Vidmosko was sentenced on April 6 2010 See https://ujsportalpacourtsus electronic docket number CP-35-CR-0002279-2009 He filed a timely motion for reconsideration of his sentence which the trial court denied on April 13 2010 Id The plain terms of 28 USC § 2244(d)(1)(A) provide that a state court criminal judgment does not become final until appeals have been exhausted or the time for appeal has expired See Nara 264 F.3d at 314 Vidmosko's time for pursuing a direct appeal expired on May 13 2010 at which time his judgment became final The one-year period for the statute of limitations commenced running as of that date Hence the federal petition which was filed on February 10 2015 is clearly untimely However the court's analysis does not end here; consideration of both statutory and equitable tolling must be undertaken

A Statutory Tolling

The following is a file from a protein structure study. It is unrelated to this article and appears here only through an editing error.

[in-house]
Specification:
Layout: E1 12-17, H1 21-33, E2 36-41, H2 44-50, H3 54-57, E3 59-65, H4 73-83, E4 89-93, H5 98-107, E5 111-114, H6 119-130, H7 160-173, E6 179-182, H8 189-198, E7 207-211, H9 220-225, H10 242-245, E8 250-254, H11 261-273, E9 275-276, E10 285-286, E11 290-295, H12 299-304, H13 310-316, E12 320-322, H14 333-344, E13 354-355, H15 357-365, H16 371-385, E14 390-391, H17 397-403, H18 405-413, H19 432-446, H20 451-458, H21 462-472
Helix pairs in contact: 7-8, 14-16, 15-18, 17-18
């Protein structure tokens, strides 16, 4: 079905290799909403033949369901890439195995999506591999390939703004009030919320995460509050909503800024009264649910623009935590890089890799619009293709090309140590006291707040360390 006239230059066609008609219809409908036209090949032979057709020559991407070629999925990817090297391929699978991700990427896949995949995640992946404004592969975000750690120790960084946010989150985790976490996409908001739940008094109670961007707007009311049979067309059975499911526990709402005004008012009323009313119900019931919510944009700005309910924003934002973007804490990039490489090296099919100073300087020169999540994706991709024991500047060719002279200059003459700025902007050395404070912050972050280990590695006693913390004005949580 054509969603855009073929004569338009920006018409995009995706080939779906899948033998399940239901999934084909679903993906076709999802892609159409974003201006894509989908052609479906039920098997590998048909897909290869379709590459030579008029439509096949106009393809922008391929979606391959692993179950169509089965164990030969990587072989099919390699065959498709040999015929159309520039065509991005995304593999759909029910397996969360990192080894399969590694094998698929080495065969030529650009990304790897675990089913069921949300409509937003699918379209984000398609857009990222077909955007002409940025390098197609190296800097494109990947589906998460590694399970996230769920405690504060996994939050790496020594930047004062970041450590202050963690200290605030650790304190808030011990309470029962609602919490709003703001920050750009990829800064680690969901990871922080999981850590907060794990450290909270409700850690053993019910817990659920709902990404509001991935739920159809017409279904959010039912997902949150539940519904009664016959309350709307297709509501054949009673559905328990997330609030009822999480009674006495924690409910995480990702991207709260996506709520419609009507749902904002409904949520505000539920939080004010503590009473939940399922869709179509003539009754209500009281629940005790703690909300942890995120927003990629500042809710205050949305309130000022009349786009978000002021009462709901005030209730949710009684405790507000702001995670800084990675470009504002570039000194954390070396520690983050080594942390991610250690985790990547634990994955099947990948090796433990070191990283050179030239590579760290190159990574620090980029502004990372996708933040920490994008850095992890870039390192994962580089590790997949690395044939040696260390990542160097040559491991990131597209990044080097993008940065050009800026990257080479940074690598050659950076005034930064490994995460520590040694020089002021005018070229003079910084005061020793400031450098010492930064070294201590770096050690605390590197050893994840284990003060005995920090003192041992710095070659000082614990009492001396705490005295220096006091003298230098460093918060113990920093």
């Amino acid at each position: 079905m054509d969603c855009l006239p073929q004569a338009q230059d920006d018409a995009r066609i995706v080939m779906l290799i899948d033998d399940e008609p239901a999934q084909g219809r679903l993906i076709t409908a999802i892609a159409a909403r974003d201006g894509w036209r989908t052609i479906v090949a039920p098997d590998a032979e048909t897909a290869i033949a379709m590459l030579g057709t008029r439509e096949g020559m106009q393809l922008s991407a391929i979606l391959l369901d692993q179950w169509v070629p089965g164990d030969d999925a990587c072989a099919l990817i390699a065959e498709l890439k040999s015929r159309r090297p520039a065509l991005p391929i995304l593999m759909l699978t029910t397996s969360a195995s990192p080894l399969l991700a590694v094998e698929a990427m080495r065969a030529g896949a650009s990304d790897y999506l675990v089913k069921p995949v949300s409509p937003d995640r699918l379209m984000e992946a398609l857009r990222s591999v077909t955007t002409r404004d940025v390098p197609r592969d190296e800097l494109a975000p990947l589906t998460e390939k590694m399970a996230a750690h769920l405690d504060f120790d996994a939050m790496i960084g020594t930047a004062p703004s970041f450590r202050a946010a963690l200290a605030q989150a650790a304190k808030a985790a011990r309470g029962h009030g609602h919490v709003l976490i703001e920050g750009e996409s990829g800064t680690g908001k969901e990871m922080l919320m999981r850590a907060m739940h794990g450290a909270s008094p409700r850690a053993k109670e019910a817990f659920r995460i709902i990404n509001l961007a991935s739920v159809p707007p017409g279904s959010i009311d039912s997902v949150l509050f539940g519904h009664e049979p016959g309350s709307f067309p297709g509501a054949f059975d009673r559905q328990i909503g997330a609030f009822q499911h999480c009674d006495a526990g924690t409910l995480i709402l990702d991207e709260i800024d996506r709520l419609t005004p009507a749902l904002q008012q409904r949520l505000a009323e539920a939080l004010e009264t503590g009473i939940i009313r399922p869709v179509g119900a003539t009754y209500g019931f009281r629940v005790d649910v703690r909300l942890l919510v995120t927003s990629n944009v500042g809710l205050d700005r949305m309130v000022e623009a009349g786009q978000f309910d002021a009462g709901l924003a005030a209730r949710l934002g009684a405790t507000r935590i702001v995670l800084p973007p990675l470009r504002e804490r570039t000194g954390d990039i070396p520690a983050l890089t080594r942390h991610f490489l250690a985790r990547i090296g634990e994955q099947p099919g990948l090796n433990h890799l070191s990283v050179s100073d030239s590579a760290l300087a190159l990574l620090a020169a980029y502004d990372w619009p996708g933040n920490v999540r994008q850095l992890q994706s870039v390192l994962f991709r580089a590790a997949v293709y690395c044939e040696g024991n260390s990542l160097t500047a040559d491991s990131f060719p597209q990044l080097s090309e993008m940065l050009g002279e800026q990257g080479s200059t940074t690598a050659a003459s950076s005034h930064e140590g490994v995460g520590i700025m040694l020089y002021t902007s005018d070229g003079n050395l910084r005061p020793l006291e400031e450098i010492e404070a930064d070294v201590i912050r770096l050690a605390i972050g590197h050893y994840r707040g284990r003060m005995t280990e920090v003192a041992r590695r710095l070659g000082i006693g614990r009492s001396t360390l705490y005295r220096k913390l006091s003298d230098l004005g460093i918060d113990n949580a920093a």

Section 2244(d)(2) tolls the one-year statute of limitations with respect to the “time during which a properly filed application for State post-conviction or other collateral review with respect to the pertinent judgment or claim is pending” 28 USC § 2244(d)(2) The statute of limitations began running on May 13 2010 and expired on May 13 2011 Vidmosko filed his PCRA petition on February 2 2012 nearly nine months after the expiration of the statute of limitations A PCRA petition does not toll an expired statute of limitations See Long v Wilson 393 F.3d 390 395 (3d Cir 2004) (finding that petitioner's untimely PCRA petition did not statutorily toll the statute of limitations because inter alia “the limitations period had already run when it was filed”) An untimely PCRA petition is not “properly filed” and therefore does not toll the statute of limitations See Pace v Diguglielmo 544 U.S. 408 417 (2005) (holding that “[b]ecause the state court rejected petitioner's PCRA petition as untimely it was not 'properly filed ' and he is not entitled to statutory tolling under § 2254(d)(2)”) See also Merritt v Blaine 326 F.3d 157 167-68 (3d Cir 2003) Consequently the AEDPA statute of limitations is not subject to statutory tolling